If you are like many Americans, you have health insurance through your spouse’s employer. After all, according to Health Markets, more than 70% of married adults in the U.S. are on the same policy. If you have decided to end your marriage, though, you might wonder how your upcoming divorce affects your coverage.
The good news is your soon-to-be ex-spouse cannot remove you from his or her health insurance without your consent. Put differently, your husband or wife has a legal obligation to continue your health coverage until your divorce becomes final.
Your pre-divorce options
Even though you are on your spouse’s health insurance plan currently, there is likely nothing to prohibit you from looking for new coverage before your divorce concludes. Indeed, you might be able to secure coverage from your own employer, an independent provider or possibly the Affordable Care Act marketplace.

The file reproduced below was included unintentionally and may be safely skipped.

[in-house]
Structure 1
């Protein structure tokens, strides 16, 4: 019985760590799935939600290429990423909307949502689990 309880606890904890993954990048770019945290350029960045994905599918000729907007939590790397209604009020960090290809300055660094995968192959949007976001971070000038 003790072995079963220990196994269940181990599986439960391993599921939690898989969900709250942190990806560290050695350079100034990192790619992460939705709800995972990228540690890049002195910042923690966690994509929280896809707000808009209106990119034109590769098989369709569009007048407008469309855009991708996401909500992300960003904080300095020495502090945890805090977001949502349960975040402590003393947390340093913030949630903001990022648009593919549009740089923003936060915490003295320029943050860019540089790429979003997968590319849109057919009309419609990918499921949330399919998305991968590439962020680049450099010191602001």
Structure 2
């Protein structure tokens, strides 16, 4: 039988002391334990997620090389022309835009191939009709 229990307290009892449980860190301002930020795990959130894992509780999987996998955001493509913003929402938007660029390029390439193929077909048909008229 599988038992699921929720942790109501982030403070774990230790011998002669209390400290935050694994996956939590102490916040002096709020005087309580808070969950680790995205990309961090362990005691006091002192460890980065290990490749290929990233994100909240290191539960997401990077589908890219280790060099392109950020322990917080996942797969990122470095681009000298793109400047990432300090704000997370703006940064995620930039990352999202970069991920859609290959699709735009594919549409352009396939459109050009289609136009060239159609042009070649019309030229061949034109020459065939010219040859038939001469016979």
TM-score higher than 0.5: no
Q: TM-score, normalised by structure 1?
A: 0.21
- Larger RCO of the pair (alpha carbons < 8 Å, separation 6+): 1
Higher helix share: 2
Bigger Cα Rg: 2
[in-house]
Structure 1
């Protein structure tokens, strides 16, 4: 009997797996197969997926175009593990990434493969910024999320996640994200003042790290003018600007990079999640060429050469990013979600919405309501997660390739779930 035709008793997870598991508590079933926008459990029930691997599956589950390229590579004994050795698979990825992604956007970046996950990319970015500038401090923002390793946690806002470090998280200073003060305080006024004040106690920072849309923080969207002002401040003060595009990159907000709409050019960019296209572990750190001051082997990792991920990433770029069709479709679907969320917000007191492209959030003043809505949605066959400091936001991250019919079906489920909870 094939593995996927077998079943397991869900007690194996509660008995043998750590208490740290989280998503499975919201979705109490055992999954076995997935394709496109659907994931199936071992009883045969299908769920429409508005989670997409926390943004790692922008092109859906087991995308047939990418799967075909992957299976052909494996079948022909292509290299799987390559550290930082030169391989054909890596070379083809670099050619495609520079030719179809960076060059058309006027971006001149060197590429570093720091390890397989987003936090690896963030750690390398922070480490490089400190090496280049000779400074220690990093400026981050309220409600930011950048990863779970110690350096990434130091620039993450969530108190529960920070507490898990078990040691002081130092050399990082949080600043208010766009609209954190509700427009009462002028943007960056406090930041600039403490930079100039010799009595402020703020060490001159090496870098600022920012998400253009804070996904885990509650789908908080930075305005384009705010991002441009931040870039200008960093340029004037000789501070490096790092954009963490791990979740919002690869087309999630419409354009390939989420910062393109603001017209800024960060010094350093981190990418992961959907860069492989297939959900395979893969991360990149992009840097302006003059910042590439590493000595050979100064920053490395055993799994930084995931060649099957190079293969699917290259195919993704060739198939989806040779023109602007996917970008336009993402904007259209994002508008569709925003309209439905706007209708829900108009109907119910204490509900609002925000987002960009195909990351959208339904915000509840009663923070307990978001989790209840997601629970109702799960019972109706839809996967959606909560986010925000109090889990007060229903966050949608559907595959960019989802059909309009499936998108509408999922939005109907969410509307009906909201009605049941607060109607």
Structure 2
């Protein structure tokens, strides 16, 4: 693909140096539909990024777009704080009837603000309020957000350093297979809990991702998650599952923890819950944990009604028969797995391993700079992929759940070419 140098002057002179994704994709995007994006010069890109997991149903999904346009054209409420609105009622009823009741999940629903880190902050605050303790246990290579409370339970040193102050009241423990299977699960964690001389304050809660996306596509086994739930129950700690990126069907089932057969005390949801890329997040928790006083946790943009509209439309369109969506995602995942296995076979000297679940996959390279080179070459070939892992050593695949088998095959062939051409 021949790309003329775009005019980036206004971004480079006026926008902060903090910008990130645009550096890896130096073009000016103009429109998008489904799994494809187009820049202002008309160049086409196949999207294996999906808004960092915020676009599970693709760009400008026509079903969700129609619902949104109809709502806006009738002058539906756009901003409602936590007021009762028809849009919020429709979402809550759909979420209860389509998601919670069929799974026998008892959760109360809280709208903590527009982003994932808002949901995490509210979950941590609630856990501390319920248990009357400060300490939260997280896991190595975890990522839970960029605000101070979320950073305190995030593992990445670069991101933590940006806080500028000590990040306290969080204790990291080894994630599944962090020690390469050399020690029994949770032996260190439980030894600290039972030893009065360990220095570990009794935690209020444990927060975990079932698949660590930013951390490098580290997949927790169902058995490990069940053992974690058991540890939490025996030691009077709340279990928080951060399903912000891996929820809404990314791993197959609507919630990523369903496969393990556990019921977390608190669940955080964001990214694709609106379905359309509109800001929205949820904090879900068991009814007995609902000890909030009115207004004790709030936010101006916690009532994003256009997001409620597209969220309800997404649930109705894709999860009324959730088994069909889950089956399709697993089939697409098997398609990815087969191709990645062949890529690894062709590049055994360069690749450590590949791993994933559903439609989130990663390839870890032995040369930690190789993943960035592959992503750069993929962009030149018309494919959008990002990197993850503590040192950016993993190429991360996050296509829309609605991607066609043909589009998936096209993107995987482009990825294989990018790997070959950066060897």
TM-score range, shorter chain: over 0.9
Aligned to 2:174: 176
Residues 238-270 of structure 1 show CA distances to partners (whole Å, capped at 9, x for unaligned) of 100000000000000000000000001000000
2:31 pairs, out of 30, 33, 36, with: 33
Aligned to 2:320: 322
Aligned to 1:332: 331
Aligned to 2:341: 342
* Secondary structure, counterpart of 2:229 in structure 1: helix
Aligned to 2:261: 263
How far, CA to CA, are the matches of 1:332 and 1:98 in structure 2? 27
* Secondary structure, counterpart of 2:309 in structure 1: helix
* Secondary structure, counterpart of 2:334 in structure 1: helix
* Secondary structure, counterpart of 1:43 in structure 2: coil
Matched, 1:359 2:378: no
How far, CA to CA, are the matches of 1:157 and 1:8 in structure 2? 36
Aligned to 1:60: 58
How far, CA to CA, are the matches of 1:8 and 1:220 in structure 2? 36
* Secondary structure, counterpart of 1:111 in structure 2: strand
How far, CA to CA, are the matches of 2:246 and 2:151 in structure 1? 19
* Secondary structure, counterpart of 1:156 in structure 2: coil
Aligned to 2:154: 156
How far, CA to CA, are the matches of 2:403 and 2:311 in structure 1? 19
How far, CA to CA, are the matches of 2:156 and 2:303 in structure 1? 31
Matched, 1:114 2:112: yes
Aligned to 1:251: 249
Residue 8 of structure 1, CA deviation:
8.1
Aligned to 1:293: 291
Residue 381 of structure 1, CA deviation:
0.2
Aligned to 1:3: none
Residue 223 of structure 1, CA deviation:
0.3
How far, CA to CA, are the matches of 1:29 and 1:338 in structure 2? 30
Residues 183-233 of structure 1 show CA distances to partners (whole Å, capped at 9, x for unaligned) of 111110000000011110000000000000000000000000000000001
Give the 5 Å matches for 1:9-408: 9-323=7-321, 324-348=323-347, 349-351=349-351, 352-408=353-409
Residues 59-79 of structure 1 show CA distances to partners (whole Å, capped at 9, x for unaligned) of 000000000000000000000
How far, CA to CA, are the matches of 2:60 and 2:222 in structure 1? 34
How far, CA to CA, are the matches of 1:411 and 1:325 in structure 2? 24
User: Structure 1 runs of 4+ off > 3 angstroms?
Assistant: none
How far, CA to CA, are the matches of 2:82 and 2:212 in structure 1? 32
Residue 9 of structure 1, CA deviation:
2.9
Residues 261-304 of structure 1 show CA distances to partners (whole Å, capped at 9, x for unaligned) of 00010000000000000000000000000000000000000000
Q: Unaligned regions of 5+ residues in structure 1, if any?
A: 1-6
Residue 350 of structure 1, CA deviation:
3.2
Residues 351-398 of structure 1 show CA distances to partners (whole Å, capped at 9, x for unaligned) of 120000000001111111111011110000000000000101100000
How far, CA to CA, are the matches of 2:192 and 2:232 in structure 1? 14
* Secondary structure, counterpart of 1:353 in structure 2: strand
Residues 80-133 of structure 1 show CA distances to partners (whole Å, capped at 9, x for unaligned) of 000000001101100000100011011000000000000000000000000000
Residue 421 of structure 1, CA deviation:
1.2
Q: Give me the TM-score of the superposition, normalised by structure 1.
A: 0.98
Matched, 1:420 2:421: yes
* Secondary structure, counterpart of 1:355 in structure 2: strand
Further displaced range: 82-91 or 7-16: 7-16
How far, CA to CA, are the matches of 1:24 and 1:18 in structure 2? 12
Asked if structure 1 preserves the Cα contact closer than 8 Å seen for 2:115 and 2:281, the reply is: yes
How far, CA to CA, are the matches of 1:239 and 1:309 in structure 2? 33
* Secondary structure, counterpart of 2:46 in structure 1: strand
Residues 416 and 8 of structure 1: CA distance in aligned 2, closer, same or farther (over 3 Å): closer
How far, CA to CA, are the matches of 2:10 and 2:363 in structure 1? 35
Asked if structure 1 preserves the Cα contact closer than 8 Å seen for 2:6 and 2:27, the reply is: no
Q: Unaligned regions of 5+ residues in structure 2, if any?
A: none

Your post-divorce options
Once your divorce is final, your spouse no longer must include you on his or her insurance policy. You might be eligible for continuing coverage through the Consolidated Omnibus Reconciliation Act, but this coverage typically is expensive. Some divorcing spouses use mediation to negotiate payment of COBRA coverage for the intermediate aftermath of divorce, however.
After COBRA coverage ends, you will need some other health insurance. Because it can take time to obtain new coverage, it makes sense to begin as early as possible. Ultimately, by carefully looking at all your options, you can avoid having a lapse in coverage or losing health insurance altogether.